Bipartisan group of Senators announced new progress on "criminal justice overhaul package." Senate Judiciary approved the bill last year by a vote of 15-5, but disagreements among lawmakers prevented the bill from seeing the Senate floor.
The revised bill still contains provisions to reduce sentences for non-violent offenders but now incorporates new provisions aimed at ensuring violent offenders do not benefit from the bill, such as disqualifying violent criminals from reduced sentencing options.
Defense Bill Advanced #FY17NDAA
On Thursday, the House Armed Services Committee (HASC) marked up and passed the FY2017 National Defense Authorization Act, the "NDAA" (H.R. 4909). The NDAA authorizes a total of $610.5 billion in mandatory and discretionary spending for national defense, including $58.8 billion for overseas operations. See: Bill Summary
- Requiring a database of reported military hazing events, Harry Lew Military Hazing Accountability and Prevention Act (H.R. 5060)
Prohibiting the housing unaccompanied alien children on US military installations located
inside the US.
- Delisting the Lesser Prarie Chicken and the American Burying Beetle from the Endangered Species List for two years.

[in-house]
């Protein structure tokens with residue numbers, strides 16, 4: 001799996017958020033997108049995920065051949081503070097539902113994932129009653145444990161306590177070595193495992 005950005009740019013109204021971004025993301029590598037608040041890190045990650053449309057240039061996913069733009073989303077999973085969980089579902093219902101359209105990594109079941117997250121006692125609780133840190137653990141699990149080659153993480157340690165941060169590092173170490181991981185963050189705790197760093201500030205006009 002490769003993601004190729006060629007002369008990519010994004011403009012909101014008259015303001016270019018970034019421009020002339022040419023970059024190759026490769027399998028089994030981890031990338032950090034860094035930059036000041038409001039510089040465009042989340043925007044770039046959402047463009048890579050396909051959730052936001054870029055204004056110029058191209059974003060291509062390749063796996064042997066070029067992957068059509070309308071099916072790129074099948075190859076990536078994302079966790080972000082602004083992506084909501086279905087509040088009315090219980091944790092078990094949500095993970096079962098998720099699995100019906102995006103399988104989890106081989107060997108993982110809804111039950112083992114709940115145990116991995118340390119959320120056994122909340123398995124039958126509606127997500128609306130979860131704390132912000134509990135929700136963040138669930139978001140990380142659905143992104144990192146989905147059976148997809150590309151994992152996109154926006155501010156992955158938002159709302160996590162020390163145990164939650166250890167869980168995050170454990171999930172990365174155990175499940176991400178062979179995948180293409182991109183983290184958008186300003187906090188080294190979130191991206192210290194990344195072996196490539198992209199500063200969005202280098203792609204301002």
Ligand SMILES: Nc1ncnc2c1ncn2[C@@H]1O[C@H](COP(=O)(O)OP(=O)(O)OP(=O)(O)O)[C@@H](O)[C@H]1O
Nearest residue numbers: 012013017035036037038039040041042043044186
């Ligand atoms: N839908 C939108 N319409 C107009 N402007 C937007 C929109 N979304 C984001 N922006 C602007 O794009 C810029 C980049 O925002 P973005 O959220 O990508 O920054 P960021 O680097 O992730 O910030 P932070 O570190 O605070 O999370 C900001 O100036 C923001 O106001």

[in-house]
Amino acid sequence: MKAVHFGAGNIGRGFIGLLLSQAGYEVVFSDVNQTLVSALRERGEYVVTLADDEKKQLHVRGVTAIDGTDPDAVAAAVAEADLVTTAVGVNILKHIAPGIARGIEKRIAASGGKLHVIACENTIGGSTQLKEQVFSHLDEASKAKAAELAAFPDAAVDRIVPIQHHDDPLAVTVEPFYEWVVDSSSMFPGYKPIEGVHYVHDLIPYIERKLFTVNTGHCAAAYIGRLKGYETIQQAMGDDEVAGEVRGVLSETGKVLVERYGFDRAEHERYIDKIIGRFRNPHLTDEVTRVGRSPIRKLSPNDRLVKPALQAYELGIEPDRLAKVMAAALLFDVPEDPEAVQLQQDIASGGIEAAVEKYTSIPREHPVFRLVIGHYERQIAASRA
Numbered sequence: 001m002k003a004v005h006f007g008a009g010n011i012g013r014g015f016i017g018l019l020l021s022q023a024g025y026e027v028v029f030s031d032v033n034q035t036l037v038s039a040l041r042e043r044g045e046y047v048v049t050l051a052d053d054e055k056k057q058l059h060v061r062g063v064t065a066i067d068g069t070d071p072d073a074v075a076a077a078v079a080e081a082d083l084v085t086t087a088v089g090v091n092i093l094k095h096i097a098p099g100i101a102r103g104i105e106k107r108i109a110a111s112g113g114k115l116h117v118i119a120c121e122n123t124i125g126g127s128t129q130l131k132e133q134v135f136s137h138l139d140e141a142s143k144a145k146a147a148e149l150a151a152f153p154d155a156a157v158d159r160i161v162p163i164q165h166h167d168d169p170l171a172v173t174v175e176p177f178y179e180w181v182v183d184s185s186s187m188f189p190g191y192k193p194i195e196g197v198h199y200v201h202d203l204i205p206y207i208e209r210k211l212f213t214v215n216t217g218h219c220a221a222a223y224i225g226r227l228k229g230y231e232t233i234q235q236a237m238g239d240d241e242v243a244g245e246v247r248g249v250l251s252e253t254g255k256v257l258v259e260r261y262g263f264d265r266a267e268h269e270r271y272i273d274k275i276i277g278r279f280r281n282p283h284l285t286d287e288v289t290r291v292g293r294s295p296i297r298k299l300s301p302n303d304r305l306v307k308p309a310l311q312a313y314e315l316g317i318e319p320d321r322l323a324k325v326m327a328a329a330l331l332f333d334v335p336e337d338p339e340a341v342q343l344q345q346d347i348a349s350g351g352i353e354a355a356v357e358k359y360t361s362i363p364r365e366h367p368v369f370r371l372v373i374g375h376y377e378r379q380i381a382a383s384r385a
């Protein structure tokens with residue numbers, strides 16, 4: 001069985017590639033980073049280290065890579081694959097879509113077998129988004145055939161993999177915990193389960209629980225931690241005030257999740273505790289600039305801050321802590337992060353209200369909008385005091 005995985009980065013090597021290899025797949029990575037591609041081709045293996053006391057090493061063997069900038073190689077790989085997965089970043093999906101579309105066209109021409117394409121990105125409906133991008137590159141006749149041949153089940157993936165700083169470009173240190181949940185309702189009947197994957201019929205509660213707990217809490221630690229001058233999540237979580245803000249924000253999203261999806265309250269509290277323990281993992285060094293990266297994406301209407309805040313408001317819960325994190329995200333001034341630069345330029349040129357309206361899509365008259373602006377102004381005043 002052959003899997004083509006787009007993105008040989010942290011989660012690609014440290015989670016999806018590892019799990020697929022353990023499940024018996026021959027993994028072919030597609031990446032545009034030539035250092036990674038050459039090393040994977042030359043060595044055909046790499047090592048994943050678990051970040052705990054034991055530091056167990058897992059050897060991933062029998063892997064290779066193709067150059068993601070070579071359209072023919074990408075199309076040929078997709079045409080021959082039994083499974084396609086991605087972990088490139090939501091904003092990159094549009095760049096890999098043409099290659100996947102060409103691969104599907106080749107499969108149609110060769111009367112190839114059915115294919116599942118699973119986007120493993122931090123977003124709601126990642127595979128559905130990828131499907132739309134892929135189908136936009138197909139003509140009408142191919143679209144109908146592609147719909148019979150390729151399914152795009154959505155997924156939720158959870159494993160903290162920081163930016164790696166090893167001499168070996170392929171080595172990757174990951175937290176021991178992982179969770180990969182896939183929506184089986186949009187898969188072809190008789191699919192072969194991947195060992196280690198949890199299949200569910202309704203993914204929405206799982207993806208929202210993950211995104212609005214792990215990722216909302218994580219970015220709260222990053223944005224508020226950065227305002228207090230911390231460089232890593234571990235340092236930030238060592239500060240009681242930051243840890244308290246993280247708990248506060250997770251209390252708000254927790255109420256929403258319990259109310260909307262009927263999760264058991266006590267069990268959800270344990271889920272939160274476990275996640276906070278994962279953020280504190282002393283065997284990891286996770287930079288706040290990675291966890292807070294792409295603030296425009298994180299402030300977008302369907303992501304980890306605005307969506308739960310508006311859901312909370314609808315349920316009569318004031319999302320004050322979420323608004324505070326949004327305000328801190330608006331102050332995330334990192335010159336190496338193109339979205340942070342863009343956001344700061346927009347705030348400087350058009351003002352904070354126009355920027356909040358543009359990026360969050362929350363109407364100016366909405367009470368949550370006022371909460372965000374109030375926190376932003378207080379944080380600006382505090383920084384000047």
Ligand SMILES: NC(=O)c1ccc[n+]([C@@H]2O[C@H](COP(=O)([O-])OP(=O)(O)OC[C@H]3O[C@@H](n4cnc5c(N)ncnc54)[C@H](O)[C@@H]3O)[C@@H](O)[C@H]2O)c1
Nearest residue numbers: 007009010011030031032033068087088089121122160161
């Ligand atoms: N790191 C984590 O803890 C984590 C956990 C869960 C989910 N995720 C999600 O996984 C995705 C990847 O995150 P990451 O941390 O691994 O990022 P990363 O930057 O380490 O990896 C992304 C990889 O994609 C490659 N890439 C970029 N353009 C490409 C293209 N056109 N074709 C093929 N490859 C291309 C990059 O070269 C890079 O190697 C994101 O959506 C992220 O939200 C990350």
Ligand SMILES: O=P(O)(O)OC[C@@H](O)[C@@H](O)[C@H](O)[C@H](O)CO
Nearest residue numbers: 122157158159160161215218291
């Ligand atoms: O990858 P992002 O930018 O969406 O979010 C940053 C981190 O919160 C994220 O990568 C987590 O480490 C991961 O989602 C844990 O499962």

- Extending military family leave
- Requiring women to register with Selective Service
See full amendment list.
New Bills on the Block
- New Inhofe-Boxer bill would authorize 25 Army Corps projects in 17 states to improve water infrastructure and includes $220M in aid for Flint and other cities with water contamination.
- New Long-Matsui bill would establish a chief information security officer position at the Department of Health and Human Services, focused on upping cybersecurity protections.
- New Blackburn bill would prohibit the use or sale of software that could hack an internet ticket seller's network to steal tickets and allow the Federal Trade Commission or private firms to take legal action against people who sell tickets acquired through hacking.
- New Manchin bill would expand network of people who can provide consent for a patient's substance abuse records to be disclosed to their physicians.
Legislative Lowdown: States Edition
- A new bill in New York would allow the police to examine drivers' phones to determine use at the time of an accident — similar measure recently failed in New Jersey and Maryland, still being considered in Vermont.